‘this Is What It Is And Is Not What It Is Not'

Poem By Sadiqullah Khan

This was a difficult composition.
You know that Fihi ma fihi is Rumi's book,
and means 'It is what it is'
so the reference to the teacher.
I had once written about my book,
as ‘This is what it is and is not what it is not'.
For a while I felt it too realistic.
And so is putting words on fire.
'I have put all my loves there,
I have put words on fire'.
The next is reference to Shams Tabriz,
unlettered, although he was very literate.
An iconoclast and a cynic (cynic according to R. A. Nicholson) .
When Shams was being initiated into his spiritual path,
one of his teachers had remarked
that ‘Put him aside like a log, so that he catches fire himself'.
The deeper sea, and coming out with ‘own sky',
is again Shams Tabriz.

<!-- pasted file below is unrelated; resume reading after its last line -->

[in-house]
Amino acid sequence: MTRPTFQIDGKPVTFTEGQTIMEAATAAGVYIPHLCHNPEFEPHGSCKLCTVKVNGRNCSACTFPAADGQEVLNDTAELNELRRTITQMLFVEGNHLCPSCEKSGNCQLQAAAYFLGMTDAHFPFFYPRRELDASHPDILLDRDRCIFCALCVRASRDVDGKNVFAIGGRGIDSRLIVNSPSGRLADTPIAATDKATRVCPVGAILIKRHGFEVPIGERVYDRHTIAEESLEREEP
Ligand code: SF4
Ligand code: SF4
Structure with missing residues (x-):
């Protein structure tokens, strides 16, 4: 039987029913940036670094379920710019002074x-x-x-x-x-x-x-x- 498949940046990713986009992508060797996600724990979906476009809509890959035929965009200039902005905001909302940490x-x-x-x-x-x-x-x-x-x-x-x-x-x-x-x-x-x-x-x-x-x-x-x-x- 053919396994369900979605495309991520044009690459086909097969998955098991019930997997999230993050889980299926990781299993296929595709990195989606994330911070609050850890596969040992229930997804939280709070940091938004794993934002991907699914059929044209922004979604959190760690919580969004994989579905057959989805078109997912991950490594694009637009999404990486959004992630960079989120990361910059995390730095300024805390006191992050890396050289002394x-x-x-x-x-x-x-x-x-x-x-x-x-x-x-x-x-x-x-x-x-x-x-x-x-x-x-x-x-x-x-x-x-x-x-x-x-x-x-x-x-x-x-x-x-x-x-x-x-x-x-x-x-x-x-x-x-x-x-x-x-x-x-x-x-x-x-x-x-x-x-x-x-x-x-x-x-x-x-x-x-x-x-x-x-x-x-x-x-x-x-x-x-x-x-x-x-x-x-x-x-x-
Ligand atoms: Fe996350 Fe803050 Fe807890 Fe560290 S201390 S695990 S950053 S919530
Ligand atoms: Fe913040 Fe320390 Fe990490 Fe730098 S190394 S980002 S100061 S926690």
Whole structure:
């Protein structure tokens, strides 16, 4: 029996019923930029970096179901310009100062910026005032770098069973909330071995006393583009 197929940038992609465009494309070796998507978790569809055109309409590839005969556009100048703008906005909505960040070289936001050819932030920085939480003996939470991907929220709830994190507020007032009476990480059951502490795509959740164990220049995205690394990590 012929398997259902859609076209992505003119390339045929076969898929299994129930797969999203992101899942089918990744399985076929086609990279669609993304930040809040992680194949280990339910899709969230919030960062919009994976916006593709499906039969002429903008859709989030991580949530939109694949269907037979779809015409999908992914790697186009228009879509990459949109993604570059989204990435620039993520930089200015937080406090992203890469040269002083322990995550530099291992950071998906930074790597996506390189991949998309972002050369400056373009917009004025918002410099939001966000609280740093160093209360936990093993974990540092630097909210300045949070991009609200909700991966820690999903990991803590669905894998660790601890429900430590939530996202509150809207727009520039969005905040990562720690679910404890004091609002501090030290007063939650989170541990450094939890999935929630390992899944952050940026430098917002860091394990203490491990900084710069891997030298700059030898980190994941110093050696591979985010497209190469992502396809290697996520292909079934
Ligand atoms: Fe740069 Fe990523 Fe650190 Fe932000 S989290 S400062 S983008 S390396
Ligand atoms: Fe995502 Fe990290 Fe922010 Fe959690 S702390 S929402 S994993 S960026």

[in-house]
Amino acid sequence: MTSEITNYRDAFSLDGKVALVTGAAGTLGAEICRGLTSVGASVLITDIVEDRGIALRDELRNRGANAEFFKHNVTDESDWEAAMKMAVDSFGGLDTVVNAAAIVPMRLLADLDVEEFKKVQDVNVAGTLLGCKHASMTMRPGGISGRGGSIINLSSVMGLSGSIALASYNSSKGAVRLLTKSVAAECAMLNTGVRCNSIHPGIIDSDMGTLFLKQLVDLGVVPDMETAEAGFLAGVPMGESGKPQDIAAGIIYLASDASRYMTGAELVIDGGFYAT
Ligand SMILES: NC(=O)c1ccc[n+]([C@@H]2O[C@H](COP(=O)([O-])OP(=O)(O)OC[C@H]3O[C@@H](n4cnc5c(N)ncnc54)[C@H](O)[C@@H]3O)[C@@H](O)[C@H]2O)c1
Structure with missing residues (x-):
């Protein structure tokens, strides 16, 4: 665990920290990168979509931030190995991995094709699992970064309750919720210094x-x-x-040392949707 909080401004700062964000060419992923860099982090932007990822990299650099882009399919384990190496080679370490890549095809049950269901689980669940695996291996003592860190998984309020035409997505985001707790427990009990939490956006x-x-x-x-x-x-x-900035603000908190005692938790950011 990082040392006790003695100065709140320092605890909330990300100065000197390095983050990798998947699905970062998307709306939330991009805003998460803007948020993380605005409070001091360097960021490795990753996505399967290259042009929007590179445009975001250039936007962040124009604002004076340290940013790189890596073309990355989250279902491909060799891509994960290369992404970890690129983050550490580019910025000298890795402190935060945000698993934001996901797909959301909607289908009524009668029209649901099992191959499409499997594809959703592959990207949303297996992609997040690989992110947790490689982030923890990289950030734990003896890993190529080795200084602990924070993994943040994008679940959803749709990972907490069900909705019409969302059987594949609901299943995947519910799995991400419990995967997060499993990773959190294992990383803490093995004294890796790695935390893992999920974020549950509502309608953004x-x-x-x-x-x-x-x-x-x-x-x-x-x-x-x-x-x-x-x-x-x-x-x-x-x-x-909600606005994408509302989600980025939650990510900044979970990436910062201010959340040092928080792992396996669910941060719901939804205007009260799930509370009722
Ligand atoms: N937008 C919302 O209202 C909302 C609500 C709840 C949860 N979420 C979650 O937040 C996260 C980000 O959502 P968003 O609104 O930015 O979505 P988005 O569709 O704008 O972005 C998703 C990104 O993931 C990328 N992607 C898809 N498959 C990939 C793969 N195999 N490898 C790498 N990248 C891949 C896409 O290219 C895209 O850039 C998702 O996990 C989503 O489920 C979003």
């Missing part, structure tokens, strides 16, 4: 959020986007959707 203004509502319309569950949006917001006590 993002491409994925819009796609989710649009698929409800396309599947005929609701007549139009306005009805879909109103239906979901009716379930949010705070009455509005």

The last two stanzas are Shams Tabriz's dialogue
with a theologian, who was looking down
to see the reflection of sun. The end sums up
‘the moon in the palm', as the state of elation.

-Explaining the poem This Indeed Is.

Courtesy: Kanwal Amjad

Sadiqullah Khan
Islamabad
May 29,2014.

Shams Tabrizi @ silencio pensamiento y voz

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I-
Mortuus fui
Vidi
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Lo the paradise would open on us,
Lo the showers of candles carried by angels
Lo the night had silvery sheen,
Lo the breeze is from the east.

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Otherwise the word insane
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O great master of verse
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